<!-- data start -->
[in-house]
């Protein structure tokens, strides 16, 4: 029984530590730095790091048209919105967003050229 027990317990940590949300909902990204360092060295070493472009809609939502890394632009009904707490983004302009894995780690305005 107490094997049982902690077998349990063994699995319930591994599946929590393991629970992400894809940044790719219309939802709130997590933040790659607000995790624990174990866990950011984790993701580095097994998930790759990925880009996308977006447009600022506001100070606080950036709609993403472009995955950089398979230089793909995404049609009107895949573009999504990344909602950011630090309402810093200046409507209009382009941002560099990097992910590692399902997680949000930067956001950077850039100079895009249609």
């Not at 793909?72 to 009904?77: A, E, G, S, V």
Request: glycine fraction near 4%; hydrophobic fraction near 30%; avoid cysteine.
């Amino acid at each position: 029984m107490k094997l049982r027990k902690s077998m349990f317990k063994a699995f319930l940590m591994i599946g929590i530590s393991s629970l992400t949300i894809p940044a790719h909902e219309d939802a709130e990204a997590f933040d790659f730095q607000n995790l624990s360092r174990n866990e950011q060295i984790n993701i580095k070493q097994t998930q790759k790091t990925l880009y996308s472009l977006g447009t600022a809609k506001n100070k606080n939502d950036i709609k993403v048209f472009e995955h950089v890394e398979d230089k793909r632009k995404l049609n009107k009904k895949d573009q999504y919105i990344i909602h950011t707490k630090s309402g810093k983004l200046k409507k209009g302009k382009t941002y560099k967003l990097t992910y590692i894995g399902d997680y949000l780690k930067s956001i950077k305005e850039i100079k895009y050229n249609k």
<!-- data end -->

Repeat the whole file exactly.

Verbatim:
[in-house]
């Protein structure tokens, strides 16, 4: 029984530590730095790091048209919105967003050229 027990317990940590949300909902990204360092060295070493472009809609939502890394632009009904707490983004302009894995780690305005 107490094997049982902690077998349990063994699995319930591994599946929590393991629970992400894809940044790719219309939802709130997590933040790659607000995790624990174990866990950011984790993701580095097994998930790759990925880009996308977006447009600022506001100070606080950036709609993403472009995955950089398979230089793909995404049609009107895949573009999504990344909602950011630090309402810093200046409507209009382009941002560099990097992910590692399902997680949000930067956001950077850039100079895009249609």
């Not at 793909?72 to 009904?77: A, E, G, S, V």
Request: glycine fraction near 4%; hydrophobic fraction near 30%; avoid cysteine.
């Amino acid at each position: 029984m107490k094997l049982r027990k902690s077998m349990f317990k063994a699995f319930l940590m591994i599946g929590i530590s393991s629970l992400t949300i894809p940044a790719h909902e219309d939802a709130e990204a997590f933040d790659f730095q607000n995790l624990s360092r174990n866990e950011q060295i984790n993701i580095k070493q097994t998930q790759k790091t990925l880009y996308s472009l977006g447009t600022a809609k506001n100070k606080n939502d950036i709609k993403v048209f472009e995955h950089v890394e398979d230089k793909r632009k995404l049609n009107k009904k895949d573009q999504y919105i990344i909602h950011t707490k630090s309402g810093k983004l200046k409507k209009g302009k382009t941002y560099k967003l990097t992910y590692i894995g399902d997680y949000l780690k930067s956001i950077k305005e850039i100079k895009y050229n249609k």